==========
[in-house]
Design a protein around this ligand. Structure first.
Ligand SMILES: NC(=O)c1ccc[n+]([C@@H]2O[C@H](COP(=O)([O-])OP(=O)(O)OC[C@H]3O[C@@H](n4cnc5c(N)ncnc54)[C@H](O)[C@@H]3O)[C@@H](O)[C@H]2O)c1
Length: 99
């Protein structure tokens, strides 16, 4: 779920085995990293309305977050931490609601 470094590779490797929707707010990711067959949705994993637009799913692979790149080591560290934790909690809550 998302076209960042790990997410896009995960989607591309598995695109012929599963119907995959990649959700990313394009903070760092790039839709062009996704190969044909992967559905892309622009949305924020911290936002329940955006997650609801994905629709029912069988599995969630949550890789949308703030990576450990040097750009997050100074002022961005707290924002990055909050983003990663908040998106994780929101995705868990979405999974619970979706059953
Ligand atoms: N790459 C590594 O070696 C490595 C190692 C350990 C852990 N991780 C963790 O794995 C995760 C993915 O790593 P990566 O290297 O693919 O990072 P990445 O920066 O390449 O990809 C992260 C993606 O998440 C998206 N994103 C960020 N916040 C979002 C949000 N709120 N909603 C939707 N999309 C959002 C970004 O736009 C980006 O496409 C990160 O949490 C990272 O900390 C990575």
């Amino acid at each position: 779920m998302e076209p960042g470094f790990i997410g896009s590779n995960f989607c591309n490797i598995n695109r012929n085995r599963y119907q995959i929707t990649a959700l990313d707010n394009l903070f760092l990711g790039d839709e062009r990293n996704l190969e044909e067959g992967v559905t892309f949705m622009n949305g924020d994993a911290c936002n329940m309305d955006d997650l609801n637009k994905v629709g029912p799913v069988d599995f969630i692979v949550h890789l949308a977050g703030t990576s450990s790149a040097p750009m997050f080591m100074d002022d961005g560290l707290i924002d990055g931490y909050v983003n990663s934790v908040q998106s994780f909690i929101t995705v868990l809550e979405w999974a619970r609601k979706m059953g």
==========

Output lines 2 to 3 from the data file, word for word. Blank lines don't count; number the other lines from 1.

Design a protein around this ligand. Structure first.
Ligand SMILES: NC(=O)c1ccc[n+]([C@@H]2O[C@H](COP(=O)([O-])OP(=O)(O)OC[C@H]3O[C@@H](n4cnc5c(N)ncnc54)[C@H](O)[C@@H]3O)[C@@H](O)[C@H]2O)c1